Almost all market indicators show that the iPad continues to shut out Android rivals. But is that the whole story?
First, let's take a look at some recent headlines that seem to point to the iPad's unassailable market position:
Apple's Runaway Train: 9.25 Million iPads, 20 Million iPhones sold in Q3
All the world's an iPad? Maybe
Apple iPad awaits back-to-school boom
These kinds of stories (of which there are way too many to count) are not encouraging for forward sales of Android tablets like the Motorola Xoom, the Samsung Galaxy Tab 10.1, the Lenovo ThinkPad tablet, or the Acer Iconia, among others. The 100,000 apps mark headline especially stings.
But wait. Dig a little more and this recent headline pops up:. The story continues. "For the second quarter of the year, Apple grabbed 61 percent of the global tablet business, shipping a record 9.3 million iOS-based tablets. Though still a healthy chunk, that number was down from the 94 percent share the company scooped up a year ago."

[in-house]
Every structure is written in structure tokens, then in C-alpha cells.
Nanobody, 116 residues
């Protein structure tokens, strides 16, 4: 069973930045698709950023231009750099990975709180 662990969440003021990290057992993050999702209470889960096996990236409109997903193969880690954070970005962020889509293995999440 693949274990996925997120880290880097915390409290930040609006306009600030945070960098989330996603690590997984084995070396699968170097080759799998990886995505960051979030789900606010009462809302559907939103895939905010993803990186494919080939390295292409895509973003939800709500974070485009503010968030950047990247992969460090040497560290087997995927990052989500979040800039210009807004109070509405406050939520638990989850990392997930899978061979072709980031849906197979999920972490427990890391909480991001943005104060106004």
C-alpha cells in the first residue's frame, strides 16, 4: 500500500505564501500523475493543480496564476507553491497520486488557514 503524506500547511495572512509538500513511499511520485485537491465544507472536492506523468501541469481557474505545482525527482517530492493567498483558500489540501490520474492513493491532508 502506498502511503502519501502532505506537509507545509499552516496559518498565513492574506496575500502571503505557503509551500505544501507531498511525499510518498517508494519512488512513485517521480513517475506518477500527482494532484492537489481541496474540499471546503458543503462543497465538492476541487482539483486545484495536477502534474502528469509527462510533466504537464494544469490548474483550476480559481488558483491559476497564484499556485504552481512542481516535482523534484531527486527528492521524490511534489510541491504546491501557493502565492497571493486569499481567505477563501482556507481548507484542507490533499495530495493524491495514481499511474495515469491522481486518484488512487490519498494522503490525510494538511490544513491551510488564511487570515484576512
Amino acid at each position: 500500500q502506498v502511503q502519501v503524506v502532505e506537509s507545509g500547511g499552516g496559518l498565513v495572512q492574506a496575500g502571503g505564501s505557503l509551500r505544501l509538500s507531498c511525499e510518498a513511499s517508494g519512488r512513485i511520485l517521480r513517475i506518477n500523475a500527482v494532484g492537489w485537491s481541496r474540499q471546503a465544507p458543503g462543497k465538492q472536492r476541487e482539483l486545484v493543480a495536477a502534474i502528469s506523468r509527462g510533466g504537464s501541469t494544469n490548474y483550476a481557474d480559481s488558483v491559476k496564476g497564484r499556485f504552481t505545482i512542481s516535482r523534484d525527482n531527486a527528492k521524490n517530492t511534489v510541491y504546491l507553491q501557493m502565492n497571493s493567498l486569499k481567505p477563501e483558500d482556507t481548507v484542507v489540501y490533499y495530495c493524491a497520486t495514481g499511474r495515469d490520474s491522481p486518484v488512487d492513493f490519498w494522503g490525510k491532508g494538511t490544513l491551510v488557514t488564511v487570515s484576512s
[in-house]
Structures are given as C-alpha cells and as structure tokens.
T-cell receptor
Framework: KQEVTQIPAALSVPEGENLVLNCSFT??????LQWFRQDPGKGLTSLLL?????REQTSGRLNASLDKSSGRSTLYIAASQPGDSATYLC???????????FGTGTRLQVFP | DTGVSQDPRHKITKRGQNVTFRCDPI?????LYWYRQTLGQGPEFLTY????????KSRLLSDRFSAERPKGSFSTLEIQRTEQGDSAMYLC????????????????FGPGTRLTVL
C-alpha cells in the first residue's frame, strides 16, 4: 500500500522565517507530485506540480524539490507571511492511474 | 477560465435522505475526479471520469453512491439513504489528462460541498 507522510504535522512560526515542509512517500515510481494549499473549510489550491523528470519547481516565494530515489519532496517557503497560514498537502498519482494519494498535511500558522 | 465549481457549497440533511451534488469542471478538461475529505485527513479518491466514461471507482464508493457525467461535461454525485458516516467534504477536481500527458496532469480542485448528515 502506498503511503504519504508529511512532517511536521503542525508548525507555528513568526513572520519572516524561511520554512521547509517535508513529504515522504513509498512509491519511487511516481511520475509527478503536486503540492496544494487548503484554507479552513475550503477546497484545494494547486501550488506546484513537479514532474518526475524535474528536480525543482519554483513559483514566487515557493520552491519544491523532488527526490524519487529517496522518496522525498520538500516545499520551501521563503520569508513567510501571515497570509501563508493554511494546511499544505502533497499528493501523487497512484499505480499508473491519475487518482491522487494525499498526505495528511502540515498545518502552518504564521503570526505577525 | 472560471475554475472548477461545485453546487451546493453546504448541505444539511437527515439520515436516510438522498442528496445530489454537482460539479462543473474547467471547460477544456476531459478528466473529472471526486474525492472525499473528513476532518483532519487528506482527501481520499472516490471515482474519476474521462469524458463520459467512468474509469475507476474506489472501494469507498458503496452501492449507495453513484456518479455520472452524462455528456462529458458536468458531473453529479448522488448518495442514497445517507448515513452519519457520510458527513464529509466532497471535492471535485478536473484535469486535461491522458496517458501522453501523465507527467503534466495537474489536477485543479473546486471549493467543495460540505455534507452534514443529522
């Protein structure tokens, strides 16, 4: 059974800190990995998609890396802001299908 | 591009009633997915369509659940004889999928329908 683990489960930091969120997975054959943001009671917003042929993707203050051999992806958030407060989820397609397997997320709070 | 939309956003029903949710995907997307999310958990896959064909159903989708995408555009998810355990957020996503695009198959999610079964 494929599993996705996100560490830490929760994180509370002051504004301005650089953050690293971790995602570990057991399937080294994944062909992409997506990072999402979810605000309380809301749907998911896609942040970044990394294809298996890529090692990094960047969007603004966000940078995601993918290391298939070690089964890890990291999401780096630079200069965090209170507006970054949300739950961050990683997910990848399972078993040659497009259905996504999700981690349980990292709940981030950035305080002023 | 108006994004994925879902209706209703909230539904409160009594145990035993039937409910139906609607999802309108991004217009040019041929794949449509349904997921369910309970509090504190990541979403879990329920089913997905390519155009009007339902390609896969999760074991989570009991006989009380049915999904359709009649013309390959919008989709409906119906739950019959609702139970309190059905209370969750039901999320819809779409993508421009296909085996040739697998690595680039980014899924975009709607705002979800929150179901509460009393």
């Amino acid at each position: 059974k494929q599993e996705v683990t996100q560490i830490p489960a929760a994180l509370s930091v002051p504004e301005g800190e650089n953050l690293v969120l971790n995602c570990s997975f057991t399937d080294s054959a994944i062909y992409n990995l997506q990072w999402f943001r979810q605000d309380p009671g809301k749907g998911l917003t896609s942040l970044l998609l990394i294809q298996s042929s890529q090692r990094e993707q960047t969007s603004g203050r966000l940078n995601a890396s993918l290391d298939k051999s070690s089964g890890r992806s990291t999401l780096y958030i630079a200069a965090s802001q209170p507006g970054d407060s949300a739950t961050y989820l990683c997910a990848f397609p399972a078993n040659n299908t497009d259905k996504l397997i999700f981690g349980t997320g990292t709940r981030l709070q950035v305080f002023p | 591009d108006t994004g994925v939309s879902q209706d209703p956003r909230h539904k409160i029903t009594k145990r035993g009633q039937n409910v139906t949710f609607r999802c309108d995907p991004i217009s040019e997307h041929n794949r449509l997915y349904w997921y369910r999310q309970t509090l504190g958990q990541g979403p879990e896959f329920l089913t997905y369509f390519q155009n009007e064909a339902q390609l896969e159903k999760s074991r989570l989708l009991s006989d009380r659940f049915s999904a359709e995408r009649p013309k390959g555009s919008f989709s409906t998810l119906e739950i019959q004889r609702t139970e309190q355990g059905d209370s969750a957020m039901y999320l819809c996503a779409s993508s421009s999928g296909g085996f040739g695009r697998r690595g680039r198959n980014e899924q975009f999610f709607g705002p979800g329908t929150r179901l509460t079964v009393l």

So, what's going on here? Are we at last seeing some real market gains by Android? It appears that the key metric is sell-out. Apple undoubtedly sells out all the iPads it can make. Is that the case for Android tablets? Sell-in numbers are notable, but what about sell-out?
The latter--also referred to as sell-through--appears to be murky for Android. That said, Android sell-in (shipment) numbers may increase as more large players enter the market, like Lenovo and Sony.
Which raises the question, will bigger sell-in translate to large Android sell-out numbers? Android, after all, does have maker momentum (if not market momentum). Name all of the top device makers in the world and pretty much every one of them is selling Android tablets or will sell them soon. Samsung, Sony, Motorola, Lenovo, LG, Acer, HTC, and Asus.
That market clout is already manifested in the U.S. via a phalanx of kiosks and displays at Best Buy and Staples proclaiming that Android tablets have arrived. (And count Hewlett-Packard among those making a big tablet-market play.)
And the Android camp's decibel level is rising every month--and it will only get louder. Will that noise be enough eventually to distract more consumers and make them tune in to Android? Just visit a major U.S. electronics retailer now and you may get your answer.
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